Why a New Jersey-Phoenix final would be a nightmare for the NHL
A New Jersey-Phoenix final would be all about defense and shot-blocking. (Photo by Frederick Breedon/Getty Images)
Why a New Jersey-Phoenix final would be a nightmare for the NHL
Of all the teams remaining in the 2012 NHL playoffs, the New Jersey Devils are the most offense-minded. I’ll pause for a second while that sinks in.
You heard me right. The franchise least associated with a thrilling brand of hockey has become the lone on-ice answer to the drone-like defensive systems employed to varying degrees by the Washington Capitals, New York Rangers, L.A. Kings and Phoenix Coyotes.
It’s like Darryl Sutter suddenly being named Mr. Congeniality at Burning Man. But that’s where the growing menace of shot-blocking has taken us – and that’s why the league could have a TV ratings disaster of a Stanley Cup final on its hands.
That’s correct – New Jersey vs. Phoenix. Or as forcefully sedated NBC executives are calling it, “as many as seven roundhouse kicks to the groin with a knife-tipped boot.” It’s an absolute worst-case-scenario situation and it lurks in the background in large part because the league has regressed into a state where offense and skill are devalued at the expense of shot-blocking and defensive schemes.
Now, I’m not saying this is the heyday of the Dead Puck Era. The Coyotes allowed the second-most and most shots against in the regular-season and playoffs respectively. They’ve needed goalie Mike Smith to bail them out time and again. And you can fairly argue that, yes, the Devils aren’t the monster trappers they once were and employ a high-tempo forecheck to be successful.
But neither team will be confused for the Pittsburgh Penguins. Phoenix won their division with the NHL's 18th-best offense and 5th-best defense. The Devils are better at it than in years past, but they've still got the league’s ninth-best defense and 15th-best offense. And the Kings had the second-worst offense and second-best defense. These aren’t high-risk, high-reward teams.
And look at their own home attendance numbers: Phoenix was 30th in the league this season averaging 12,420 a game, while the Devils were 24th overall at 15,396. There are other contributing factors in their attendance, but you’ll have a tough time convincing me that their style of play doesn’t have a lot to do with how few people are willing to pay to watch.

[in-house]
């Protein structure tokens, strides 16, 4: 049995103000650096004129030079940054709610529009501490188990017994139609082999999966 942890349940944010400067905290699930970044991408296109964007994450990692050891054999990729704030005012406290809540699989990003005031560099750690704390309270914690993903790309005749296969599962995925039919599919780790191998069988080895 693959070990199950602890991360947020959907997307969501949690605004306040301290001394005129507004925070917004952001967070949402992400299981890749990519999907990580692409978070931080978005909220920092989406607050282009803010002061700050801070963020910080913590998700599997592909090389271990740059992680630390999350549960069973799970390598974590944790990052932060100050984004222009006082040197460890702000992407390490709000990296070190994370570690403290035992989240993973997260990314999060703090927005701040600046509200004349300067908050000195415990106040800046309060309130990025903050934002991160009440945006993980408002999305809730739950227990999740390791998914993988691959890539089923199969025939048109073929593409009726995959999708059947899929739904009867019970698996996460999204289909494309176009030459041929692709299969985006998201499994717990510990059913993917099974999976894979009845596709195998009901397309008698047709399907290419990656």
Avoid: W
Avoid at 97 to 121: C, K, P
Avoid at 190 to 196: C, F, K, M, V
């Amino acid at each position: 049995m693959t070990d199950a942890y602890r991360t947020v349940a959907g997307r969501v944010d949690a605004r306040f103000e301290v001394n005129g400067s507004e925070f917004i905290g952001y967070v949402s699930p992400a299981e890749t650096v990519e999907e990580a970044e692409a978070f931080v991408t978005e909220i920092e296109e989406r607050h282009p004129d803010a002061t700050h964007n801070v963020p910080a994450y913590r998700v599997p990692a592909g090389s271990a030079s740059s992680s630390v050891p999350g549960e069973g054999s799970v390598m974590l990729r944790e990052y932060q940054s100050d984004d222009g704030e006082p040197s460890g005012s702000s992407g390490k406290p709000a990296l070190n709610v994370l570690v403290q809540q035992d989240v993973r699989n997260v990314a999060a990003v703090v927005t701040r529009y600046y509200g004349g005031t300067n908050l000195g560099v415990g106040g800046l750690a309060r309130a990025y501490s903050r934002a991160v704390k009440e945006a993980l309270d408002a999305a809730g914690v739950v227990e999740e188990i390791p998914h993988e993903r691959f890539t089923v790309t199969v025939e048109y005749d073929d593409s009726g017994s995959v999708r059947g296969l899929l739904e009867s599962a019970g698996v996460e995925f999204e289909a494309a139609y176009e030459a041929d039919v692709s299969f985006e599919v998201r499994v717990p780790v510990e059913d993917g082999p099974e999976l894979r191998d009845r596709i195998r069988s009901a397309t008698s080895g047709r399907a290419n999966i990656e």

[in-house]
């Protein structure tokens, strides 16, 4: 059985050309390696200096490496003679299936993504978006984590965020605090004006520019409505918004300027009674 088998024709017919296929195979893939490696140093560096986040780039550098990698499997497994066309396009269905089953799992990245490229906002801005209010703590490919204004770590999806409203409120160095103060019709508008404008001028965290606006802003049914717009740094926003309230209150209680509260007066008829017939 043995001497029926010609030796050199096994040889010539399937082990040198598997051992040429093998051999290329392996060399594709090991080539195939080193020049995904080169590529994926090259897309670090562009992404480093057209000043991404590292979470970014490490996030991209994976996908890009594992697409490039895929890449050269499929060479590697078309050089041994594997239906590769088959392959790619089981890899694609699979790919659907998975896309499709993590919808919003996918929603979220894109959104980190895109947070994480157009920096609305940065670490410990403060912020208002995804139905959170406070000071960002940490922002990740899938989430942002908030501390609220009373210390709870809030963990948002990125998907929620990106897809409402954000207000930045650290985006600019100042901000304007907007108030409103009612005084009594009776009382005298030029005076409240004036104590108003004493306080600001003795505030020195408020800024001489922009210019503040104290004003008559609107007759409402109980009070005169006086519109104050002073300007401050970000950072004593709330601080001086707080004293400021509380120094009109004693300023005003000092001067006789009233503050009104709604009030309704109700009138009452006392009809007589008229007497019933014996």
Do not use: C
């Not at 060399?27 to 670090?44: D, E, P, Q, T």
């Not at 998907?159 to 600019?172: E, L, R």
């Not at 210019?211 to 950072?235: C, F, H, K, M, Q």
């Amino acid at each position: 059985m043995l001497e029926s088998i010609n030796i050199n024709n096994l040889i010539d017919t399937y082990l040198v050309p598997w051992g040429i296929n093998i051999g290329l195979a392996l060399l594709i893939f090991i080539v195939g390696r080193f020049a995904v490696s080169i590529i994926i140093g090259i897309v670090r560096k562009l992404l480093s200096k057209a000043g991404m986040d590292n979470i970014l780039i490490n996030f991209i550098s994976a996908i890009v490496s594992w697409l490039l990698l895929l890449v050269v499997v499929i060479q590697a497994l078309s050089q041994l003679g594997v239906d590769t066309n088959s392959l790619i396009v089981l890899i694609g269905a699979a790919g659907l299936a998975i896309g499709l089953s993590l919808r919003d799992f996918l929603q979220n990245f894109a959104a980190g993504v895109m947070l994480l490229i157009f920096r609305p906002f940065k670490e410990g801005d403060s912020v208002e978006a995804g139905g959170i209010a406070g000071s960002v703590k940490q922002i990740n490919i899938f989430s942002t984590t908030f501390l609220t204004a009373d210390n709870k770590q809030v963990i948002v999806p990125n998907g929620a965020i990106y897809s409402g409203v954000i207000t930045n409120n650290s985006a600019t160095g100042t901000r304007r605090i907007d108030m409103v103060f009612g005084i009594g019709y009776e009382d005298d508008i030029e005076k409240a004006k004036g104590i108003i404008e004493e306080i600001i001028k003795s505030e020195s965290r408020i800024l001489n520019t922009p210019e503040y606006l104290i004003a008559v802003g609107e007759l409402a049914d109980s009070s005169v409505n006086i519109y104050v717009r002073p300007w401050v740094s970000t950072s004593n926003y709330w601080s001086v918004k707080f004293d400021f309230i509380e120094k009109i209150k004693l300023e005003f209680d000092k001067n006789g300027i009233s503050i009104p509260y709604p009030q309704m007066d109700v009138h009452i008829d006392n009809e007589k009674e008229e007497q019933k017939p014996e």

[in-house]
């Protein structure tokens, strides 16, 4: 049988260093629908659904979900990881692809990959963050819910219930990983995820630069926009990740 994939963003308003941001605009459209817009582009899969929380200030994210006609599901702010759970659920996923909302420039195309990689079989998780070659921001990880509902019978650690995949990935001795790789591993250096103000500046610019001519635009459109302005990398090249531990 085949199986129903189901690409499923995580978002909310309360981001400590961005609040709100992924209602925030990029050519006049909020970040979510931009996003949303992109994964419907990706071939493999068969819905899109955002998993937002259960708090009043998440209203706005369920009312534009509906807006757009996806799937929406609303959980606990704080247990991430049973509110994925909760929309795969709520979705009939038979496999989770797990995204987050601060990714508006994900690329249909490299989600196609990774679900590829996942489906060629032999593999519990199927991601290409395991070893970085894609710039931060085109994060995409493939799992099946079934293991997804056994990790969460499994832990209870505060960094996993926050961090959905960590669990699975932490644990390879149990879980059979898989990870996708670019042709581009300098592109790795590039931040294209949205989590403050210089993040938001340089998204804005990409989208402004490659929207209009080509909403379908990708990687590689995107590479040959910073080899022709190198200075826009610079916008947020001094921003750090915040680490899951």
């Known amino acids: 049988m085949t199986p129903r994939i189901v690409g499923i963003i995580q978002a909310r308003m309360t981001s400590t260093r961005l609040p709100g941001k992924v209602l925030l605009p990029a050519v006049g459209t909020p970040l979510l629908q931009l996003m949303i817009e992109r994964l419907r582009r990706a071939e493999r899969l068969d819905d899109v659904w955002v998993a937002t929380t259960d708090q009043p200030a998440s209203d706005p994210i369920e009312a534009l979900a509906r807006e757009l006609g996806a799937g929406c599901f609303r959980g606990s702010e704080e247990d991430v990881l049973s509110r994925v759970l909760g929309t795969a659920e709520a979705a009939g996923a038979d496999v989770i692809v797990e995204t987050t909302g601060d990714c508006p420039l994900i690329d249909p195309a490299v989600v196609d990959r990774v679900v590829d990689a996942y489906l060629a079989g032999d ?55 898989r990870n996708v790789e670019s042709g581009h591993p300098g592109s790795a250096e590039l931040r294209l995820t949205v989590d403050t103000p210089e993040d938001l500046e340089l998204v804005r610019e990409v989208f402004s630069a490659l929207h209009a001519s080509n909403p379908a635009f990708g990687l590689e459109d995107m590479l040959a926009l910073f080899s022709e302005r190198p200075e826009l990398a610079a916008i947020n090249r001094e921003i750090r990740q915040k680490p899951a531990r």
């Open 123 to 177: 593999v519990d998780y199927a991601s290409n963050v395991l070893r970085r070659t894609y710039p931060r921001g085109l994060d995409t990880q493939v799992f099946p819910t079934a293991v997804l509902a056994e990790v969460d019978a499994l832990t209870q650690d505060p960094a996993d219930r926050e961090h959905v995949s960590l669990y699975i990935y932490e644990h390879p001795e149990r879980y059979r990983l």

But the Devils aren’t the only team like that. As more and more people are noticing, the NHL has retrenched on its post-lockout efforts to give the game back to its skilled players. Only this time, it’s not widespread obstruction that’s re-reared its ugly head – although you can (and I would) argue the officiating standard overall has slipped and is as inconsistent as ever – it’s blocked shots that are the villain.
I went into a larger breakdown of the shot-blocking menace in the Feb. 20 magazine edition of THN, but here’s a quick summary: I appreciate the sacrifice it takes to put your body in front of an NHL-caliber shot. That said, while it isn’t cowardly, if everyone’s doing it these days, I’d call it standard more than brave. You either block shots, or you don’t play and your team doesn’t win.
That much has held true in the 2012 playoffs. To get to the second round, blocking in the area of 15 shots per game was all but mandatory. The Capitals lead the league having blocked an average of 22.54 shots in their 13 post-season games. The Rangers averaged 19.08 in 13 games. The Coyotes averaged 17.46 in nine games and the Kings averaged 14.89 in nine. The Devils (10.92) are the lone exception to the rule, but second-round losers such as the Blues (18.1), Flyers (17.55) and Predators (15.2) were better at it than star-centric teams such as Pittsburgh (13.5), Chicago (11.12) and San Jose (14.6).